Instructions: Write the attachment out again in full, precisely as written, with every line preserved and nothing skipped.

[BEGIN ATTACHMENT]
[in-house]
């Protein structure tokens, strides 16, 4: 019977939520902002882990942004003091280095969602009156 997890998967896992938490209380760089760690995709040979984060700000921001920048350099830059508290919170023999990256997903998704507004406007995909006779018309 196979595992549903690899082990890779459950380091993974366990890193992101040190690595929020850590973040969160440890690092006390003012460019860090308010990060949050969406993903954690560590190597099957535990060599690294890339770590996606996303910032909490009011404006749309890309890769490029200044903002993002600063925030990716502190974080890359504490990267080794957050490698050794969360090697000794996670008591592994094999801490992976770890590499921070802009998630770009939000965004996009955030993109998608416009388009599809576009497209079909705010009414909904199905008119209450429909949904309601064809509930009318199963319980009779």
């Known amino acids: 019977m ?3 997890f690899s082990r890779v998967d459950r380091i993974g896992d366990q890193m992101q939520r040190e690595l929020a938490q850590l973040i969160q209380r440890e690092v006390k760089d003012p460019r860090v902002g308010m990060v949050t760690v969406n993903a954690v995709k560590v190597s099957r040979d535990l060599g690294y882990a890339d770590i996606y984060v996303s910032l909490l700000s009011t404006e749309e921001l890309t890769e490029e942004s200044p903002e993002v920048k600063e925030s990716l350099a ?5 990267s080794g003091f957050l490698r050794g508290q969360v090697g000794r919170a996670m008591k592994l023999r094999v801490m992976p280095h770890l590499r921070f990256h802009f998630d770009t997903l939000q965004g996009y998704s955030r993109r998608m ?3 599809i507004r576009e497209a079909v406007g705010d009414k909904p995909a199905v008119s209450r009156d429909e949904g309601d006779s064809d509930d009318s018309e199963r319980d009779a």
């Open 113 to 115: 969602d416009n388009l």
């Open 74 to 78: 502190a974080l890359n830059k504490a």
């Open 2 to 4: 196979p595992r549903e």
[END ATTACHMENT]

[in-house]
């Protein structure tokens, strides 16, 4: 019977939520902002882990942004003091280095969602009156 997890998967896992938490209380760089760690995709040979984060700000921001920048350099830059508290919170023999990256997903998704507004406007995909006779018309 196979595992549903690899082990890779459950380091993974366990890193992101040190690595929020850590973040969160440890690092006390003012460019860090308010990060949050969406993903954690560590190597099957535990060599690294890339770590996606996303910032909490009011404006749309890309890769490029200044903002993002600063925030990716502190974080890359504490990267080794957050490698050794969360090697000794996670008591592994094999801490992976770890590499921070802009998630770009939000965004996009955030993109998608416009388009599809576009497209079909705010009414909904199905008119209450429909949904309601064809509930009318199963319980009779």
């Known amino acids: 019977m ?3 997890f690899s082990r890779v998967d459950r380091i993974g896992d366990q890193m992101q939520r040190e690595l929020a938490q850590l973040i969160q209380r440890e690092v006390k760089d003012p460019r860090v902002g308010m990060v949050t760690v969406n993903a954690v995709k560590v190597s099957r040979d535990l060599g690294y882990a890339d770590i996606y984060v996303s910032l909490l700000s009011t404006e749309e921001l890309t890769e490029e942004s200044p903002e993002v920048k600063e925030s990716l350099a ?5 990267s080794g003091f957050l490698r050794g508290q969360v090697g000794r919170a996670m008591k592994l023999r094999v801490m992976p280095h770890l590499r921070f990256h802009f998630d770009t997903l939000q965004g996009y998704s955030r993109r998608m ?3 599809i507004r576009e497209a079909v406007g705010d009414k909904p995909a199905v008119s209450r009156d429909e949904g309601d006779s064809d509930d009318s018309e199963r319980d009779a």
């Open 113 to 115: 969602d416009n388009l």
């Open 74 to 78: 502190a974080l890359n830059k504490a």
């Open 2 to 4: 196979p595992r549903e």